Published Jan 31, 2017 by admin
The growth of data centers is a constant theme in the trade press. Typically, this growth is presented as an encouraging trend, creating demand for a variety of systems and components. But for data center managers hyperscale data centers are mostly cost centers; necessary evils that require cost reduction and cost analysis, and do not produce profits for their owners.
All this has consequences for optical component manufacturers. These implications have both positive and negative implications for the component sector. On the one hand, the cost sensitivity of data centers points towards the need for plain vanilla standardized components that are hard to distinguish in the marketplace. On the other hand – and somewhat paradoxically – CIR believes that it also indicates a new and potentially profitable direction for components companies in the form of what we shall call “smart optical components.”
Cost Cutting and Commoditization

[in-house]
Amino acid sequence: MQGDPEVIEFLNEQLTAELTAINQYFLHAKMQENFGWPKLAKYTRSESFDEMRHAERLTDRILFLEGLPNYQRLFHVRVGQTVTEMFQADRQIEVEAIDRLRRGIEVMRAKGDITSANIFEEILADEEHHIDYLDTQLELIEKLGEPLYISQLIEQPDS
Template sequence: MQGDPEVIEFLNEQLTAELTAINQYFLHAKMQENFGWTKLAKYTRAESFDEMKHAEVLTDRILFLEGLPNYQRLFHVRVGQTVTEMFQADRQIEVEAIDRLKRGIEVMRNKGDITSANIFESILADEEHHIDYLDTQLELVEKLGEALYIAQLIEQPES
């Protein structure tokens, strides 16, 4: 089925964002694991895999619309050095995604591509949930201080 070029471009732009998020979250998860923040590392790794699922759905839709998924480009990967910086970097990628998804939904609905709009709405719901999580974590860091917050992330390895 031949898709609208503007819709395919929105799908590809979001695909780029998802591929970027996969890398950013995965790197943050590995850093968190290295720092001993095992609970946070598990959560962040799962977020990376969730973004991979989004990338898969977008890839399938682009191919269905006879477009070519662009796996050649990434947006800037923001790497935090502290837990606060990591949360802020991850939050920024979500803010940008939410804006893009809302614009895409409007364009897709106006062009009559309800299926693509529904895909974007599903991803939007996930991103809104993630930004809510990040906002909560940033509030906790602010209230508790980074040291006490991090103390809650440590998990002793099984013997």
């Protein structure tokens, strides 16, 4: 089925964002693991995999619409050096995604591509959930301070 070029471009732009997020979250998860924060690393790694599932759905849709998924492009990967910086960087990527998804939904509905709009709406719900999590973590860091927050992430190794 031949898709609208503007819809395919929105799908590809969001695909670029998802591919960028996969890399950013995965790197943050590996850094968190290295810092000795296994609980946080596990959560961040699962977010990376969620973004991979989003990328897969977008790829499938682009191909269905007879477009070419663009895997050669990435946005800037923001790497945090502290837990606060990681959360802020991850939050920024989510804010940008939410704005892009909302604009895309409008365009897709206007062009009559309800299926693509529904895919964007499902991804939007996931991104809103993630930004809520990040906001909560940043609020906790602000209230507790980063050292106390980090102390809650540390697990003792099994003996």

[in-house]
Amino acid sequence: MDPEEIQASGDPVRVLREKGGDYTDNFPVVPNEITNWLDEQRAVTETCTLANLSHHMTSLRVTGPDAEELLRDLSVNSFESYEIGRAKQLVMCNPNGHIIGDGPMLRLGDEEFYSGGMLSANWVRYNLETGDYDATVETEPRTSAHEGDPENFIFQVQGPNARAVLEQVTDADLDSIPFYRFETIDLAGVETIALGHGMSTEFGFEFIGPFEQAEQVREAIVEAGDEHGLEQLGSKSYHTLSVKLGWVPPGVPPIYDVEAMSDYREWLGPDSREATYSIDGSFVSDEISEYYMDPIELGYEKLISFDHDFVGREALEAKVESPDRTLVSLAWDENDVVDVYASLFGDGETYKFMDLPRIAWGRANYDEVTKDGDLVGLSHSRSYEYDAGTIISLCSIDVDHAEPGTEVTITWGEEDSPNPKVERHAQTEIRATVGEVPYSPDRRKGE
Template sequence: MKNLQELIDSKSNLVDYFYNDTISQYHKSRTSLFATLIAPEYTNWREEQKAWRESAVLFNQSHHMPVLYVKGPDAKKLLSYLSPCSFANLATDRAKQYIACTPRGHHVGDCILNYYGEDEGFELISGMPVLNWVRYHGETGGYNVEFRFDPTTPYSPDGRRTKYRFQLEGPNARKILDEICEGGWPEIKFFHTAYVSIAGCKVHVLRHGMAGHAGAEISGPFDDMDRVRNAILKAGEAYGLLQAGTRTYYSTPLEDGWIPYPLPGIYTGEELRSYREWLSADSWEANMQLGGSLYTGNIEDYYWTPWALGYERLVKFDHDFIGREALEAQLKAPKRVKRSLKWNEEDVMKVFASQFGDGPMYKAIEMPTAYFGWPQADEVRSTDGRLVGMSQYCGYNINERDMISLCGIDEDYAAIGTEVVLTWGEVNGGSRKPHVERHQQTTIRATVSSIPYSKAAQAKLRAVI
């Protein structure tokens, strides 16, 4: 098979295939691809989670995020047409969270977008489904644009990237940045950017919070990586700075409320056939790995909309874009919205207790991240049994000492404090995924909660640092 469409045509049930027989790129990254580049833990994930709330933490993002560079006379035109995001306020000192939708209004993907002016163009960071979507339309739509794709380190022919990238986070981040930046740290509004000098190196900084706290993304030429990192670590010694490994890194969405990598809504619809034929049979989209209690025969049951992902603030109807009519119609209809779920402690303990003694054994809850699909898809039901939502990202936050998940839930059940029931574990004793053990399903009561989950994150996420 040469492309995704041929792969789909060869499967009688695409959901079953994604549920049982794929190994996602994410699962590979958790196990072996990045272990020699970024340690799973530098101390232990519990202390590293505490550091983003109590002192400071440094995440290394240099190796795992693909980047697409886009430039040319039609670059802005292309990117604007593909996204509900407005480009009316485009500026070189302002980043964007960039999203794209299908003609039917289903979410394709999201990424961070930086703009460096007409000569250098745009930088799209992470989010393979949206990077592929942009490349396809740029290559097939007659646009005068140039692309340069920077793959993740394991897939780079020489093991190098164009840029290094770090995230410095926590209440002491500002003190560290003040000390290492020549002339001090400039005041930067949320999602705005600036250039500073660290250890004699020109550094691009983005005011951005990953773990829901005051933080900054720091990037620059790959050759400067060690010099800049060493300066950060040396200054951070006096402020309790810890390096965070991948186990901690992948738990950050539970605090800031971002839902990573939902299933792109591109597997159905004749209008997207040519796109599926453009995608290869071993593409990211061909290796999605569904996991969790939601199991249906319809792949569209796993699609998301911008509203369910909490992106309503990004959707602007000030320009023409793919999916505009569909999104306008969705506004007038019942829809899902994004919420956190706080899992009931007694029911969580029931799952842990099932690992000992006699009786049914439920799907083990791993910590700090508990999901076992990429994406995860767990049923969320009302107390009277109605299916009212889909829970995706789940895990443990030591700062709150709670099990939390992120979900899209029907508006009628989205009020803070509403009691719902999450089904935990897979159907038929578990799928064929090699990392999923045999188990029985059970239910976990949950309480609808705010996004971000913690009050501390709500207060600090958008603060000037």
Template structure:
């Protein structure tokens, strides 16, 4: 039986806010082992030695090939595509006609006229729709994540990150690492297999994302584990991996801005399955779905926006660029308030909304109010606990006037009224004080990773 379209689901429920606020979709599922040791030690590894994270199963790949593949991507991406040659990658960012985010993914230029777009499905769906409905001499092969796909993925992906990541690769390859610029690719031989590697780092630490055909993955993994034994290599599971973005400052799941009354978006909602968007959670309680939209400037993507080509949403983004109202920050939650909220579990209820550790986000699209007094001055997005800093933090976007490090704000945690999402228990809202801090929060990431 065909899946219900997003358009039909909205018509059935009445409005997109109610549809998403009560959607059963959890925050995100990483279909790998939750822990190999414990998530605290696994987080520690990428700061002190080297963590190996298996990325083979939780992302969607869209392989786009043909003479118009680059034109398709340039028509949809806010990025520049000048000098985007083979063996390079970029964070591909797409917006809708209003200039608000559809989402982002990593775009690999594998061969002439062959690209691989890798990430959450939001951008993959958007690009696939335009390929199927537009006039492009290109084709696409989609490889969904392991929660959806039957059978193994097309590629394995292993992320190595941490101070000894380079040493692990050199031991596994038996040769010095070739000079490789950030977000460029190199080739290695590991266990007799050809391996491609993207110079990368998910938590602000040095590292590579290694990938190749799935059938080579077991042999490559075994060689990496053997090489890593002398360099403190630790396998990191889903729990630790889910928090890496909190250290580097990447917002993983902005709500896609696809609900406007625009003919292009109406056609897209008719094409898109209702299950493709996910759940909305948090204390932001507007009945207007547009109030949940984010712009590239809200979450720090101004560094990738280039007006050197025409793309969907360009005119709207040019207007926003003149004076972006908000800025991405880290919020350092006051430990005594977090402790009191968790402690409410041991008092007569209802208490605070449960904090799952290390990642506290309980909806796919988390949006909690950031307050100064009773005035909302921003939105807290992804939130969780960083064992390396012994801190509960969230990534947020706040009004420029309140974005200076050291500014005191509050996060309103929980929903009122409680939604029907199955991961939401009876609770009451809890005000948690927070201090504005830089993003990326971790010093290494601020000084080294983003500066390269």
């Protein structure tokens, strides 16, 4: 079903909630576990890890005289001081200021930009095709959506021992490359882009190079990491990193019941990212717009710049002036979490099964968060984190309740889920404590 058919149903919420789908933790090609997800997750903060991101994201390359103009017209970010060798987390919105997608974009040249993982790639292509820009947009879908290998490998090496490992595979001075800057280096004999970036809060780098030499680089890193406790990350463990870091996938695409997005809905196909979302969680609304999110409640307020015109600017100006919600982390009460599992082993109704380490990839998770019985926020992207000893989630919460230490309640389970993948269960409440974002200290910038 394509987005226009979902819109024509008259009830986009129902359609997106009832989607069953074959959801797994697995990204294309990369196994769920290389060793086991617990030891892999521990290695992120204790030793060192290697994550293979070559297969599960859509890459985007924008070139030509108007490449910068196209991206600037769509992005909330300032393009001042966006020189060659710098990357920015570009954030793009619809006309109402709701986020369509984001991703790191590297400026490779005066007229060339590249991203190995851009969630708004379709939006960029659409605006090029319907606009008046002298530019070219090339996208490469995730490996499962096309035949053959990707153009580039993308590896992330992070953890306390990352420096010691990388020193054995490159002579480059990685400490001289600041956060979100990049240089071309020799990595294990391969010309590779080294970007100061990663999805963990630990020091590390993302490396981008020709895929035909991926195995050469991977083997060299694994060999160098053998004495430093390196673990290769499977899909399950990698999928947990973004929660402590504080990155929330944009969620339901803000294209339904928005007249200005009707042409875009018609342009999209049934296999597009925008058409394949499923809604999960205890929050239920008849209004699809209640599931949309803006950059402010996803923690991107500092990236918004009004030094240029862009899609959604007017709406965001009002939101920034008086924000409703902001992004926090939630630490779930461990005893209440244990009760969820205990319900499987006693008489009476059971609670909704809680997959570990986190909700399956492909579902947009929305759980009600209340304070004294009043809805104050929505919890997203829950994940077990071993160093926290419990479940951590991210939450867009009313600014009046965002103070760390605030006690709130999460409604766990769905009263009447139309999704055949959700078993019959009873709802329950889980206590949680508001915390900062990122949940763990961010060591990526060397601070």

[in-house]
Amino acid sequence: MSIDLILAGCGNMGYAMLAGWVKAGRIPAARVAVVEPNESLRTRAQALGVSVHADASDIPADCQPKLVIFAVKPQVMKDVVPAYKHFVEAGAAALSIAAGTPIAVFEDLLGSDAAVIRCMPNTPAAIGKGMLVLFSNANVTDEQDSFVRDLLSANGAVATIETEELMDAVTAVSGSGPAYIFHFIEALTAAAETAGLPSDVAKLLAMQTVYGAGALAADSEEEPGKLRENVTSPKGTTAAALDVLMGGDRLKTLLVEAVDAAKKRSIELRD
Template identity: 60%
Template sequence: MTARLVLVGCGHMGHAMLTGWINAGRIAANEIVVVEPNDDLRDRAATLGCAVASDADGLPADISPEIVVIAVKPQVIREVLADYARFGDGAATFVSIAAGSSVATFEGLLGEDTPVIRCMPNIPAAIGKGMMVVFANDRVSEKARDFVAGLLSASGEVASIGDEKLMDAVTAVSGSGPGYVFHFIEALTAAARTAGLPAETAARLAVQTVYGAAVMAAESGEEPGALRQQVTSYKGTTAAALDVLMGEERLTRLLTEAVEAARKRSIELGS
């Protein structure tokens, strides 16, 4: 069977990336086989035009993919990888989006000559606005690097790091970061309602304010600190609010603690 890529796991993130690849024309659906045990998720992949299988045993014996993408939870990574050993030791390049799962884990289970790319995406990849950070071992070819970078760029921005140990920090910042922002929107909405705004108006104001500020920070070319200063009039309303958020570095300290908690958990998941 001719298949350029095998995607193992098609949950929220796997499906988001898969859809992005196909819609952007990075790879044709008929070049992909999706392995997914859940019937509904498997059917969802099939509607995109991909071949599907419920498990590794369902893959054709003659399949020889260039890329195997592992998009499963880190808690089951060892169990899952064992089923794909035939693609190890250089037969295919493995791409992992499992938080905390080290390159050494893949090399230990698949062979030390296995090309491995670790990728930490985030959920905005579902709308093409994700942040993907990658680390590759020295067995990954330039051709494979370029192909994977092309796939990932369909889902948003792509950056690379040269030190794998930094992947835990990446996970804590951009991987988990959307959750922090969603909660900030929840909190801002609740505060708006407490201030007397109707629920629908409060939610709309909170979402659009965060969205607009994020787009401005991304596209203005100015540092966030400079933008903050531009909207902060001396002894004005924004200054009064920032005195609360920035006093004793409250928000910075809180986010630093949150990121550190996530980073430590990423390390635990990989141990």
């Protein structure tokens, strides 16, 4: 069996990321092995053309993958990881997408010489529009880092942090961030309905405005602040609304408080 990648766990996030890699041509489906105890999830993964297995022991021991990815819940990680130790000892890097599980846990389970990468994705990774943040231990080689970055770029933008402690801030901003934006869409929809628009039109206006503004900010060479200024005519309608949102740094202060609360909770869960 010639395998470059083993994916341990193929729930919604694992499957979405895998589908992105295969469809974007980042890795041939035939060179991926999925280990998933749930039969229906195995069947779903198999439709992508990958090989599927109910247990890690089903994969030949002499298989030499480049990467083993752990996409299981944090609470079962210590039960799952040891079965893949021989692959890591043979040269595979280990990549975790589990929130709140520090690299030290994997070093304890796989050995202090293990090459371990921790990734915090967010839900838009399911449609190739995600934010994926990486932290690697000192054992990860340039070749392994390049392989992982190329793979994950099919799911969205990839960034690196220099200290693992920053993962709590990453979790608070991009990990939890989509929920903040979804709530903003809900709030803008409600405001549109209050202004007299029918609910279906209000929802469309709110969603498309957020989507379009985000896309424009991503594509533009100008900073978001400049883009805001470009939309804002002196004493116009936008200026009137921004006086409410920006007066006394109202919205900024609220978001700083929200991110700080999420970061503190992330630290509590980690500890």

In a recent paper, Gartner recommended that to lower data center costs one must “standardize technologies. Gartner also stressed that cost reduction implied a need to “centralize and consolidate.”
A technology standardization imperative, as suggested by Gartner, could be treated as a call to be suspicious of novel technologies. And while “centralize and consolidate” appears to be a call for the latest high data rate technologies – 100 Gbps and 400 Gbps – Gartner also seems to be saying that high bandwidth interconnect deployments should be carried out adopting a strategy that emphasizes the minimization of technology risks.
However, a strong focus on technology standardization makes it harder to distinguish products in the marketplace. And at the current level of technology evolution, many likely technology innovations in optical components are quite likely to occur in the 100 Gbps to 400 Gbps range where we are supposed to be avoiding technology risk, according to Gartner.